What to Do if You're Freaking Out About Your 401(k) Right Now

You might be panicking about how the stock market drop is affecting your savings. Don't make any sudden moves, though.
woman looking concerned / What to Do if You're Freaking Out About Your 401(k) Right Now
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If you’ve looked at your 401(k) (or IRA, or any other investments) since Monday, you might feel really anxious—chances are, the money you've saved has taken a huge hit. Given all the turmoil in the stock market right now and people's general panic around coronavirus, the world is kind of a shitshow right now, and it’s impacting your money. If you’re just starting your career and, for the first time, have a full-time job with benefits like a 401(k), you might be freaking out about what to do to protect your savings.


Though you may feel like you’re being penalized for trying to even save money in the first place, take a deep breath. First off, you have a 401(k). According to the Sightlines Financial Security Special Report from Stanford’s Center on Longevity, only about half of American workers of all ages are eligible for a work-based retirement plan. You're already ahead of the game.

Experiencing a drop like this for the first time can make you feel like you’ve “lost all of your money.” That’s not really the case. Right now you’re experiencing what is called an "unrealized loss." What that means: Yes, the value of your portfolio is lower right now—not permanently. If you hold tight and don't touch anything related to your 401(k)—your contribution or the actual money in it—it’s likely the value will go up again. Only if you actually sell right now, or lower your contributions to your 401(k) do you experience the loss in the stock market.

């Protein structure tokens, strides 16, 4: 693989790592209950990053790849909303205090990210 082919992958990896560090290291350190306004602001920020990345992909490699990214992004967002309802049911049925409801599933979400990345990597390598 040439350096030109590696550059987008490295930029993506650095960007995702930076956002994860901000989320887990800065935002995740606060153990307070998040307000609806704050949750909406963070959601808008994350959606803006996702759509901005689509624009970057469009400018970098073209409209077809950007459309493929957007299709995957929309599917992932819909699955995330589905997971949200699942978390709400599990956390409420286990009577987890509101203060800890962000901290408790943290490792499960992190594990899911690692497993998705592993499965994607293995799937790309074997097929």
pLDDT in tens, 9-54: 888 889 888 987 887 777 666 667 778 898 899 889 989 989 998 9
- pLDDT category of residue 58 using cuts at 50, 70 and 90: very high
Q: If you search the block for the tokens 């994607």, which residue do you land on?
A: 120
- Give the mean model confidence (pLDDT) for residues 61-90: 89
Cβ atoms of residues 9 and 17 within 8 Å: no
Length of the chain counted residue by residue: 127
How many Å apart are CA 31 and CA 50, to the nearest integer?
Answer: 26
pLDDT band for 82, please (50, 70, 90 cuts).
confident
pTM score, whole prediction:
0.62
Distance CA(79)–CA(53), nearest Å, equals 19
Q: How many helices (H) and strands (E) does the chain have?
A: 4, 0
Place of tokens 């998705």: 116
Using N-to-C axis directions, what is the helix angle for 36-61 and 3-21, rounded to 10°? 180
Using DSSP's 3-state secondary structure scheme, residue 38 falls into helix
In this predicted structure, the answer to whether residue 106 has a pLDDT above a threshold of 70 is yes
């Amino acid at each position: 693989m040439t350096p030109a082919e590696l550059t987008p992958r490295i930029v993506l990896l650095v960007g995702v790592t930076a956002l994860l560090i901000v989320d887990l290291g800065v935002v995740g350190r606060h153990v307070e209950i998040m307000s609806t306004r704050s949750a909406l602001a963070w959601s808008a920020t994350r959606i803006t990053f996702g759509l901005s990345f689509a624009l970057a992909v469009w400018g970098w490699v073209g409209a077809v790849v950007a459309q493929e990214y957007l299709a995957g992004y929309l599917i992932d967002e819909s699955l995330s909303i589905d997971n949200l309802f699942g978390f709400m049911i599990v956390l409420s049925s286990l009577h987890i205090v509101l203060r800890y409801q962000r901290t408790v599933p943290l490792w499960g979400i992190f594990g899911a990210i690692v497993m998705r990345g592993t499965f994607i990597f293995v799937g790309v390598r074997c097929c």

“When a stock temporarily loses value, you do not own any less of that company. It only means that at the moment, if you were to sell it, you would sell it for less than it was worth a few weeks ago,” explained investment educator Amanda Holden, founder of Invested Development. “The whole point of a stock—or the stock market in general—is to hold onto these investments and let them grow for many, many years. Growth never happens in a straight line up.”

If you plan on working until retirement age, you likely have 30 to 40 years to save for retirement. That’s literally another lifetime if you’re in your 20s or 30s. You’ll likely experience several of these drops in the market over the course of saving for retirement. Even though your 401(k) might not be doing so great right now, you probably won’t be touching that money for a very long time. What that means for your retirement is that you have plenty of time for this temporary loss of your savings to recover.


Much of the current panic affects day traders and those trying to play the market and turn a profit quickly. You’re not doing that. You’re playing the long game—and probably won’t be retiring any time soon—so this immediate drop won’t affect you in the immediate sense, or even necessarily in the longer term. And the current drop is probably not the last time you'll go through this.

"Market disruptions are normal—some are just more significant than others,” said Shannon McLay, a former financial advisor and founder of The Financial Gym. “It typically takes the market around two years to recover from setbacks. In the case of our most recent extreme market disruption in 2009, when the stock market dropped 50 percent from the previous year, it took four years to recover. You have plenty of time to weather a number of setbacks.”

Consider going on an information detox in order not to fuel your anxiety about your savings, since things will probably take some time to even back out. Continue to invest in your 401(k) like you normally do. “In investing, there's a universal principle that always must be true: Risk and reward are two sides of the same coin. You cannot have one without the other. The ‘risk’ we speak of in the stock market is what we're experiencing right now: a temporary loss in value of the companies that you own in your 401(k),” said Holden. “In the short-term, it can feel scary. Over the long-term, investors are rewarded if they keep their cool and keep adding money in on a regular, methodical basis over time. The stock market always moves higher over time—but it takes time to work.”

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